I love, love, love the history of clothing. There’s nothing more fascinating to me than poring over the many reprints of catalogs and “history of X fashions” books I have in my personal library. And to go to a museum or exhibit of that type of thing? Well, you might as well leave me and come back in a few days, when I will no doubt still be standing in front of that dress and trying to imprint every last detail of that lace yoke or that embroidered sleeve detail in my brain.
Which is really funny, when you realize that I flunked home ec (yes, that IS possible–the jumper that I sewed was so out of proportion it could have been its own movie monster, and we won’t even talk about the cooking part of the class) and I can’t even sew a button onto a shirt without messing it up.
But it’s not the construction of the clothes that fascinates me (beyond the unstinting respect and envy I have for someone who can whip up such gorgeous creations), as much as the idea that here is a genuine piece of another era, something that a real person, just like me (well, except thinner–it’s nearly impossible to find plus-size vintage clothing, darn it all) wore 40, or 75, or 100 years ago. It’s a tangible window into the past worlds I would give anything to be able to visit (someone, invent that time machine, stat!).
And it doesn’t matter whether it’s an exquisite 19th century confection from The House of Worth or a house dress from Sears and Roebuck. All the people who inhabited these garments, and the lives they lived, are fascinating to me.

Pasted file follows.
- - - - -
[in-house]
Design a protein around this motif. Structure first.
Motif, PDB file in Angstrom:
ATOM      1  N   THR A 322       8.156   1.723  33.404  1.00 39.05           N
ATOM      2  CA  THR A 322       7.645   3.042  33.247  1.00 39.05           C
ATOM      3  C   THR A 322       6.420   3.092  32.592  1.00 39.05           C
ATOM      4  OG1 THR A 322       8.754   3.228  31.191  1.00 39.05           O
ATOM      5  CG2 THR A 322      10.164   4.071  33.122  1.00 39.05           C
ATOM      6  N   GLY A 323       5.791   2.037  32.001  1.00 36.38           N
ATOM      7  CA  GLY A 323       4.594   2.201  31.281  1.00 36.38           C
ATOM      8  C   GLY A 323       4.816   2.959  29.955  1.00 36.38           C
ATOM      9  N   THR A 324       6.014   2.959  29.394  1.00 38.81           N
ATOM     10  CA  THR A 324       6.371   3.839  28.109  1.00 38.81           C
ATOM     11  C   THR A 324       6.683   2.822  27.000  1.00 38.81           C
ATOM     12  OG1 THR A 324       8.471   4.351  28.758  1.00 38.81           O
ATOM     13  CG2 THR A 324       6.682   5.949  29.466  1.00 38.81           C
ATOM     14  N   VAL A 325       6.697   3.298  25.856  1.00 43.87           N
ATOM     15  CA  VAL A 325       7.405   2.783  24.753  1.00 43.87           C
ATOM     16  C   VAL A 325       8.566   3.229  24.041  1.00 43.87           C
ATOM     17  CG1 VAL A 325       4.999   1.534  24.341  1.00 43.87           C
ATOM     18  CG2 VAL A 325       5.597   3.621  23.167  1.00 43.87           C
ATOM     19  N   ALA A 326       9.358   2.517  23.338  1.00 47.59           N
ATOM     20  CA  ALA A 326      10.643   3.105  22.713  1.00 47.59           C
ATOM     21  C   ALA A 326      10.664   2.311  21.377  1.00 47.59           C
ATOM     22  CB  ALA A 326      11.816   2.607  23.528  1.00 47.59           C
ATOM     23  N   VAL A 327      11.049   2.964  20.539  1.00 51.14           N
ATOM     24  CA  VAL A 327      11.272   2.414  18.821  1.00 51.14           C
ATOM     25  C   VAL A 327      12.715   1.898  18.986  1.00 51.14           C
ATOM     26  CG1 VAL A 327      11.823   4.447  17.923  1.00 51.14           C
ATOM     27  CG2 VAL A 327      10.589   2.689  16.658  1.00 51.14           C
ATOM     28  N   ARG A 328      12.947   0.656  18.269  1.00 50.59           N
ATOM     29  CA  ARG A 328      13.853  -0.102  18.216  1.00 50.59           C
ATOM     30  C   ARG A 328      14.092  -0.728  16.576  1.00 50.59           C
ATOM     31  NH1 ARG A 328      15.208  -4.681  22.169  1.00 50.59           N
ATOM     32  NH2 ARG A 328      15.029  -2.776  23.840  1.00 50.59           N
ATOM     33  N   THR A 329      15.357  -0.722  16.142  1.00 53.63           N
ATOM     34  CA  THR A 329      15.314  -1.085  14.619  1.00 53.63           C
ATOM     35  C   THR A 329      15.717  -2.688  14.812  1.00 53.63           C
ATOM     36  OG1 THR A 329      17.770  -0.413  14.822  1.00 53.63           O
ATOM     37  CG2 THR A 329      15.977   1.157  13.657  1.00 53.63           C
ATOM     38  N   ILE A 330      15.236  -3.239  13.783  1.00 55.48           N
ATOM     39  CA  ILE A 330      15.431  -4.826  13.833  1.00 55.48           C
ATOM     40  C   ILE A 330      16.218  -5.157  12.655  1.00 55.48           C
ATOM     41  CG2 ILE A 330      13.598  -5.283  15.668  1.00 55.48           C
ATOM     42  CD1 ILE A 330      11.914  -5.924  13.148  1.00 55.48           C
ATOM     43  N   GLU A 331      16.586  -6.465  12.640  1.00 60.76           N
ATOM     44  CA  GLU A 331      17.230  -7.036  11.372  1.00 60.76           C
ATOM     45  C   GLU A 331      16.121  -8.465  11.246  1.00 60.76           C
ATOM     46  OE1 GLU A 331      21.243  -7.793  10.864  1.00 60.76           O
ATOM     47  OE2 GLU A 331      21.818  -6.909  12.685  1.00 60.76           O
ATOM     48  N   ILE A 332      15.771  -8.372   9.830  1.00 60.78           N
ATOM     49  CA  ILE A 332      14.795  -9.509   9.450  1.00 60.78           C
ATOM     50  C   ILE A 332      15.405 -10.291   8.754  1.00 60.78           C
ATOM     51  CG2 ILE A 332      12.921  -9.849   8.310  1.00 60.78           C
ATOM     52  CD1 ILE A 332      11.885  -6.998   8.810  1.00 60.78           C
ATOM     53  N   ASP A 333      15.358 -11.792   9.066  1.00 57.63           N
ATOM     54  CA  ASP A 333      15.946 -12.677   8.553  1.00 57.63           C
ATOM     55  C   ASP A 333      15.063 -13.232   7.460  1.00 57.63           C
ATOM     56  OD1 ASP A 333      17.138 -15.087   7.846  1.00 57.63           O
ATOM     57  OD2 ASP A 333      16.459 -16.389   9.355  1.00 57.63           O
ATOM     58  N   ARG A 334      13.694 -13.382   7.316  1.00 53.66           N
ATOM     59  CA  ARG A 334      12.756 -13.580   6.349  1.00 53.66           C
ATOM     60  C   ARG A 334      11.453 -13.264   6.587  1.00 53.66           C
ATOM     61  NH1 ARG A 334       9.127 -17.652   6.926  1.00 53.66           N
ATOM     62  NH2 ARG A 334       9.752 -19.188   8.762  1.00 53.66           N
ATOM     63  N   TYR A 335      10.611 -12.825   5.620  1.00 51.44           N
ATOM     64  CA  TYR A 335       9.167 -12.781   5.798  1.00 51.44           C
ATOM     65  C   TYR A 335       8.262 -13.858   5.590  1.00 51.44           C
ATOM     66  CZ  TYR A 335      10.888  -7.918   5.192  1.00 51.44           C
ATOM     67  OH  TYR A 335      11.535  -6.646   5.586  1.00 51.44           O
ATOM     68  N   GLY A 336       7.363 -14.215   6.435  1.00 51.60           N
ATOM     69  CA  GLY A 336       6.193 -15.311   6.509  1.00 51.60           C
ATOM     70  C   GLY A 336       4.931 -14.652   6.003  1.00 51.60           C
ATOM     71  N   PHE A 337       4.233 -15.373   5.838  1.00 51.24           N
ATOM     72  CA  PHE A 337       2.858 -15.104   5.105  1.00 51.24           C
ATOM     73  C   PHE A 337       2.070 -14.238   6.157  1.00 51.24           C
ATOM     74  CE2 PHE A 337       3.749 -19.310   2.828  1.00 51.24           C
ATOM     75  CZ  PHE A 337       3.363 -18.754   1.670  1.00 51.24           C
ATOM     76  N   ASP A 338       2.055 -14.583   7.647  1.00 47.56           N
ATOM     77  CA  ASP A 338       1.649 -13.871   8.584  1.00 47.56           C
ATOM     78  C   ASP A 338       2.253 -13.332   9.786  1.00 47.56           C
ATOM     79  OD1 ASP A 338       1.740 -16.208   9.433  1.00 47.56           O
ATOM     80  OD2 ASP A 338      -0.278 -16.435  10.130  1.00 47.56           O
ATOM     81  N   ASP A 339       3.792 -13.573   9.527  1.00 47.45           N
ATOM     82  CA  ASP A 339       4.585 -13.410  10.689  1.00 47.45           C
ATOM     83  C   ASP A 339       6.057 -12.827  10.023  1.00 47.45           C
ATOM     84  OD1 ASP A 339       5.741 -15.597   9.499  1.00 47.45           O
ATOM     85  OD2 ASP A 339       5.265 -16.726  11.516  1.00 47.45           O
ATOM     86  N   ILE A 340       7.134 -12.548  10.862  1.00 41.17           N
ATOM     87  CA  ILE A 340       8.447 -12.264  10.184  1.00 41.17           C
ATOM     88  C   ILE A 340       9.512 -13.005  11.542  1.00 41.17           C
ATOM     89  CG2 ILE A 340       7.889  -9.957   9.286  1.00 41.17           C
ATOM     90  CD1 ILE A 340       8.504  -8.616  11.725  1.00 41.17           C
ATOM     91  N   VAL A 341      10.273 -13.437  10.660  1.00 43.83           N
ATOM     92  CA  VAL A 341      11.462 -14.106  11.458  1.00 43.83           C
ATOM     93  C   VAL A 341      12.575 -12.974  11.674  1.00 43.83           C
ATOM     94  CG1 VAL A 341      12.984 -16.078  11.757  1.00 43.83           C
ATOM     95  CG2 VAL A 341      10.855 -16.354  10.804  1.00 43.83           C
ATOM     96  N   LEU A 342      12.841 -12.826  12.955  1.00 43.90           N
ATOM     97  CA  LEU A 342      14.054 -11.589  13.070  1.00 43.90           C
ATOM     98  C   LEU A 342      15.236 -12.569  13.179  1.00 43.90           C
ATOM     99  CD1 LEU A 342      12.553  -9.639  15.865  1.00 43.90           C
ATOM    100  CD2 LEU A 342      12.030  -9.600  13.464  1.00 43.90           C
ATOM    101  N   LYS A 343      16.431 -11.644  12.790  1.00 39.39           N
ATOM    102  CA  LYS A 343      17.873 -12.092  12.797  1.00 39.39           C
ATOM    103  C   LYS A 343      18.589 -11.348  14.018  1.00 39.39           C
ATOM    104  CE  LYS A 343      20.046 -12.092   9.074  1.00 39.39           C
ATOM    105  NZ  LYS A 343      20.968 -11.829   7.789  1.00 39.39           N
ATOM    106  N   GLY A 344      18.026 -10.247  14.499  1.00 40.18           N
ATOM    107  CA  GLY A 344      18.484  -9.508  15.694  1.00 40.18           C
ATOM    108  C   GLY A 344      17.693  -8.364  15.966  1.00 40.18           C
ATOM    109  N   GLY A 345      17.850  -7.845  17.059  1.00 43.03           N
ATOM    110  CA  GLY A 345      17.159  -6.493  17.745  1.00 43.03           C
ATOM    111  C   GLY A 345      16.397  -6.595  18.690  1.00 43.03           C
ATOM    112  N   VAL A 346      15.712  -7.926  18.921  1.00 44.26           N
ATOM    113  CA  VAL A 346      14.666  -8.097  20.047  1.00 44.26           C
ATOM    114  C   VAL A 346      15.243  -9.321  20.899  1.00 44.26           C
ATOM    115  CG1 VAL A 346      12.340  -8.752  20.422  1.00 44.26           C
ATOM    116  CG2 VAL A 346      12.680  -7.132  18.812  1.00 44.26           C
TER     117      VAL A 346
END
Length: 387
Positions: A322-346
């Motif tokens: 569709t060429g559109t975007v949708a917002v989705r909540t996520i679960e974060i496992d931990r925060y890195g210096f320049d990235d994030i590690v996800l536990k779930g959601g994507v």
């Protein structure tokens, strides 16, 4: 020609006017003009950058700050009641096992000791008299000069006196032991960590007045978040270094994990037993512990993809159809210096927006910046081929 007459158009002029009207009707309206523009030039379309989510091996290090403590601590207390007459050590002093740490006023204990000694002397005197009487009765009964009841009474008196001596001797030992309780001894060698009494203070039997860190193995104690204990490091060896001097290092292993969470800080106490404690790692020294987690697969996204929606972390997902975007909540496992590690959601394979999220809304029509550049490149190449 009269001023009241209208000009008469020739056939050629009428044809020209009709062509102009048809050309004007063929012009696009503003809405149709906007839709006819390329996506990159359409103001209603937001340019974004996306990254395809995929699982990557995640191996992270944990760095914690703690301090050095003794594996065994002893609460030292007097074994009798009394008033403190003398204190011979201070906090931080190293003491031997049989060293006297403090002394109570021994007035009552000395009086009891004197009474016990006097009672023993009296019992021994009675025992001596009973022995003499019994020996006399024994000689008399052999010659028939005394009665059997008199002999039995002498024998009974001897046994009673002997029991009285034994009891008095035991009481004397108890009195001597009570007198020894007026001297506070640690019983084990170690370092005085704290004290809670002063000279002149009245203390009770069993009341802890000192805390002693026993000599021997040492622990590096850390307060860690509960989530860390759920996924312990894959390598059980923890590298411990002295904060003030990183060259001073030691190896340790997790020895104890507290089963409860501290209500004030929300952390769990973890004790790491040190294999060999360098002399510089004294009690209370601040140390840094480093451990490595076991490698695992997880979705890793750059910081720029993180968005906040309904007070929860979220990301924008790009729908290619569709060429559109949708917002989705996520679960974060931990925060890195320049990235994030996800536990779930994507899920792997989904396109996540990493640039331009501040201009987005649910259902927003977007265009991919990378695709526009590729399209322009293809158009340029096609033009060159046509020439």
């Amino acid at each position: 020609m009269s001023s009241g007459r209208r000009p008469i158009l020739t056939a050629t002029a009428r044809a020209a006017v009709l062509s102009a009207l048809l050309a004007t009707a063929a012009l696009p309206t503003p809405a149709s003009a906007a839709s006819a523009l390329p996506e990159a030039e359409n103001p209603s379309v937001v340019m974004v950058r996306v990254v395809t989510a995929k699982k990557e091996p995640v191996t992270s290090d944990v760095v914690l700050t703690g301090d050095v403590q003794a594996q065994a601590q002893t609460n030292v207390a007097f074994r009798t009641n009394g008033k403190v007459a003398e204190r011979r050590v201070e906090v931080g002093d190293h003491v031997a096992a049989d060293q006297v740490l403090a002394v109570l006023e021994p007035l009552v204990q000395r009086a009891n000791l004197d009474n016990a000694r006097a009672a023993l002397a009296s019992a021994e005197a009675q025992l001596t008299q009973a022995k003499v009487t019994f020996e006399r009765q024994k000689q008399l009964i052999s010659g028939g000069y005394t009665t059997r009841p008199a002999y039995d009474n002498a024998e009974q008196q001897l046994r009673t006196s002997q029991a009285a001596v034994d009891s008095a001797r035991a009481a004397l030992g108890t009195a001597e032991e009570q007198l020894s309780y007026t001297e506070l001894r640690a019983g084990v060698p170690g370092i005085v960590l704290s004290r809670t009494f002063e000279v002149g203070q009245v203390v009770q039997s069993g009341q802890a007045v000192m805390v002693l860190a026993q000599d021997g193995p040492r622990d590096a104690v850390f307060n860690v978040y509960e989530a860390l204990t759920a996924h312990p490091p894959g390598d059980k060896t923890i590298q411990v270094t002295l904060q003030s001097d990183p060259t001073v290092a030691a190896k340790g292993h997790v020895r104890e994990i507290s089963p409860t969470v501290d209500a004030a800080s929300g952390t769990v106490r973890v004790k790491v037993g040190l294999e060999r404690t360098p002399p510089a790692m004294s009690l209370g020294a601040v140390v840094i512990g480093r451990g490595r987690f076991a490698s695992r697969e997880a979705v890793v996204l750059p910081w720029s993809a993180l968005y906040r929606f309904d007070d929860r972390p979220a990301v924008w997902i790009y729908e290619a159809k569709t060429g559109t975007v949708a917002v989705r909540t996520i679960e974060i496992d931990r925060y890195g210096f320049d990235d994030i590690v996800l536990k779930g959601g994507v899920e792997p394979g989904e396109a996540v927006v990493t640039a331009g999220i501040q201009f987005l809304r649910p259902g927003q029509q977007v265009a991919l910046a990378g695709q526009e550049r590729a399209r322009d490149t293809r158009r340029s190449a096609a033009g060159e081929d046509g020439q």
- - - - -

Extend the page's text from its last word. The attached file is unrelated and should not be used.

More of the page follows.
You know, I’m so in love with the past that it occurred to me as I’m writing this–why don’t I write historical fiction? Maybe because I’m just learning, and contemporary stories are easier for me at the moment. But who knows? Maybe that’s coming down the line.
But until my historical sagas choose to appear on my laptop screen, enjoy the fascinating videos at the link below. From mode.com, they show 100 years of women’s fashion, men’s fashion, wedding dresses, lingerie, and men’s swimsuits.
And maybe do a little fun musing of your own about the lives of the women and men who would have worn these lovely, dapper, and (I’m looking at you, 1965 and 1975) funky creations.